It’s always an architect’s challenge to design buildings that are functional and beautiful at the same time. And to honor creations that have fulfilled these two requirements, design website Architizer created the annual A+ Awards.
The winners for each of the 113 categories were selected both through voting and by a jury. Here are the jury’s winners.
1. Best Small Private Home
The Colorado Outward Bound School Micro Cabins by Colorado Building Workshop and the University of Colorado Denver, tiny dorms for outdoor educators. These dorms are in Leadville, Colorado.
2. Best Large Private House
The Greja House by Park + Associates Pte Ltd in Singapore.
3. Best Apartment
Pivot by Architecture Workshop PC, which is a New York studio with transforming walls and secret bedroom.
4. Best Apartment Building
The Great Wall of Wa in Western Australia, a complex with 12 units build as short-term housing for cattle mustering season. Designed by Luigi Rosselli Architects.
5. Best Residential Concept
Golden Ratio by Govaert & Vanhoutte Architects, a luxury apartment with only 4 units in Ghent, Belgium.
6. Best Home Interior
The Jerry House by Onion, a holiday home in Cha Am Beach, Thailand.
7. Best Hotel/Resort
Manshausen Island Resort by Stinessen Arkitektur AS, which is a hotel in the Steigen Archipelago, Norway.
8. Best Hotel Concept
Zulal Destination Spa + Resort by By Oppenheim Architecture in Qatar.
9. Best Higher Education/Research Facility
The New York School of Architecture by Tham & Videga°rd Arkitekter at the Royal
Institute of Technology in Stockholm, Sweden.
10. Best Kindergarten
The typhoon-withstanding Hanazono Kindergarten and Nursery by HIBINOSEKKEI + Youji no Shiro in Miyakojima, Japan.
11. Best Museum
Biesbosch Museum Island by By Studio Marco Vermeulen, a contemporary art museum in Werkendam, Netherlands.
12. Best Factory
Valdemonjas Winery by Agag+Paredes, a family owned wine business in Ribera de Duero, Spain.
13. Best Low Rise Office
Termeh Office by Farshad Mehdizadeh + Ahmad Bathaei, a retails and office building in Hamadan, Iran.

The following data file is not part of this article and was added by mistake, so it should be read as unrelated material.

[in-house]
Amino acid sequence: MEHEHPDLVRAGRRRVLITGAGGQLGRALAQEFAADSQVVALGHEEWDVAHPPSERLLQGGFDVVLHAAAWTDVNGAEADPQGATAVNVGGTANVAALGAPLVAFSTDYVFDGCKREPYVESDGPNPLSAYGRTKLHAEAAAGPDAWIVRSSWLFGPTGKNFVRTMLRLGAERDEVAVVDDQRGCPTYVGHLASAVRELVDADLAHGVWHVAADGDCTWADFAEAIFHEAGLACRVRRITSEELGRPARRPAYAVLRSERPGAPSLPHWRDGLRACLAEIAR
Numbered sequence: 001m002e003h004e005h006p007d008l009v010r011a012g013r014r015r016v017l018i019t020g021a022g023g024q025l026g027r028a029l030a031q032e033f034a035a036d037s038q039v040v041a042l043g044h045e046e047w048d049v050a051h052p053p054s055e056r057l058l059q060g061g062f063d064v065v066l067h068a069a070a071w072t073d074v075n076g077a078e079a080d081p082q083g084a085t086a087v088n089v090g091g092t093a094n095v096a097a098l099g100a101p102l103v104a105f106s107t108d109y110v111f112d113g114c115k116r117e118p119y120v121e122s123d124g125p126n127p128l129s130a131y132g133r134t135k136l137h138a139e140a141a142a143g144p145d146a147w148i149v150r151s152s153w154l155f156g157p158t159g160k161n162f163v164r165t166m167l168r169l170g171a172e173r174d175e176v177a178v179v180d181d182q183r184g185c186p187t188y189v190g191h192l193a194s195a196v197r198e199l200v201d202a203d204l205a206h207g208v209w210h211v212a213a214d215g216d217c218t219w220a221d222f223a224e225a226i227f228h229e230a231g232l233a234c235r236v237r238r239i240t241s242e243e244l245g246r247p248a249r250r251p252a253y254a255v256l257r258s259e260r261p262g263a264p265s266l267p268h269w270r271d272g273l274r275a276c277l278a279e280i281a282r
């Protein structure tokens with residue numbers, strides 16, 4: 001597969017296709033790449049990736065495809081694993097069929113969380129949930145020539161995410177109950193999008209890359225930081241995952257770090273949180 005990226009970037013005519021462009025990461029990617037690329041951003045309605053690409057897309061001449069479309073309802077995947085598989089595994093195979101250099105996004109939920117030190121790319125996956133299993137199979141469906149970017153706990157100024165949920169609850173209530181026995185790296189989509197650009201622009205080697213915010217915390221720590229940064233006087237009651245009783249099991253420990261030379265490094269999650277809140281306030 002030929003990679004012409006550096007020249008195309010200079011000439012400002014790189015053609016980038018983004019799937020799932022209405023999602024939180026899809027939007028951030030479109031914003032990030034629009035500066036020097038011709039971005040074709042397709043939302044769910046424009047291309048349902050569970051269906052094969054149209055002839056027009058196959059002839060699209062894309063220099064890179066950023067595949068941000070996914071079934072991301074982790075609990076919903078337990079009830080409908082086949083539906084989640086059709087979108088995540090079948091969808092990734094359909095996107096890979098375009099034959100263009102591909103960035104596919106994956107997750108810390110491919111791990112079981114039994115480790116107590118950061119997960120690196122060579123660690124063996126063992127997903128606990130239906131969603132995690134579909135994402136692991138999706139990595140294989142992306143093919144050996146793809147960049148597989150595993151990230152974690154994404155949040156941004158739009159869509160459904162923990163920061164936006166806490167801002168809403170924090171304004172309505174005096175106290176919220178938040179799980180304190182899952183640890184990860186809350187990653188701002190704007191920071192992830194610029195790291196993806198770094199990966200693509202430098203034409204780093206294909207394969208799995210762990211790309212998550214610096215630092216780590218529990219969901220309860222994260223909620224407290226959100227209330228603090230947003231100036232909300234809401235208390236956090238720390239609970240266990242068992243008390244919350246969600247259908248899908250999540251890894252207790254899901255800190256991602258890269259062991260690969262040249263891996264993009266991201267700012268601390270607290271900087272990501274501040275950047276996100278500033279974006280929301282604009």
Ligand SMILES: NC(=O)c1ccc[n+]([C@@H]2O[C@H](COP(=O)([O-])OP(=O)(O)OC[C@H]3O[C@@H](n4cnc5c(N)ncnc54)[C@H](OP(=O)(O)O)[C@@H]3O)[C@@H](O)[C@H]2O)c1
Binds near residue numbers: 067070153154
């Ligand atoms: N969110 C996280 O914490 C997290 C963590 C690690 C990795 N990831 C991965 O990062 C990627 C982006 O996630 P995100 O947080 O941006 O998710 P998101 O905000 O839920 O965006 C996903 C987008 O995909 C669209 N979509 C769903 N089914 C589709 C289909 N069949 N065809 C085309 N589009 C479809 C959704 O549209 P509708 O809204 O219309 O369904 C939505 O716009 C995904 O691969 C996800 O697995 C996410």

14. Best Mixed Use Space
House of Vans by Tim Greatrex Architect, which is creative venue for skateboarding enthusiasts in London.
15. Best Healthcare and Wellness Center
Naman Retreat Pure Spa by MIA Design Studio in Danang, Vietnam.
16. Best Restaurant
Mirrors by bandesign,Ltd, a popular destination during cherry blossom season in Gifu Prefecture, Japan.
17. Best Religious Building
Crematorium Hofheide RCR Arquitectes and Coussée & Goris architecten, a crematorium in Holsbeek, Belgium
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20 Artistic Solutions To Help You Fix Broken Stuff
My favorites would have to be #1 and #8!
While there is always the temptation for most of us to throw broken stuff away or to immediately call the experts and pay for repairs, those shouldn’t always be the case. In some instances, a little creativity will be all you need to give broken objects a new life.
To give you an idea, we are featuring 20 brilliant solutions that will truly impress you much. Personally, I’m mesmerized by #1 and I’m blown away by #8!
Go scroll down below and see for yourself:
A Peek Into the Beautiful Japanese Wood Craft Called Yosegi
Japan is filled with all sorts of art and craft techniques that we have yet to have in the western world. Many of their crafts not only take a long time to finish but also require a teacher who can properly instruct you on how to successfully accomplish each part. This is something to ponder about considering Japan is leaps and bounds more advanced in terms of technology compared to many countries in the world. And yet, there are still people who dedicate themselves to creating traditional art that no amount of technology can replace.
There's one such traditional craft that has survived through the centuries and is still revered today.
One such art form is yosegi, a type of traditional wood mosaic.
Rockport, Massachusetts’ Paper House Is Literally That – A House Made Of Paper!
Interesting facts inside this Rockport Paper House in Massachusetts.
Imagine your dream house made out of something you love. Mine would probably be made out of books, but making it happen is another story. Meanwhile, how this house was uniquely built is a proof that human ingenuity will take you to places.
The man behind this masterpiece is mechanical engineer Elis F. Stenman who started building his beautiful abode in 1922. Like any other house, it was built with timber frame, roof and floors. But Stenman had an idea and decided to incorporate newspapers instead of the traditional wood.
He impeccably transformed his home using about 100,000 varnished newspapers--from the walls, furniture and door.
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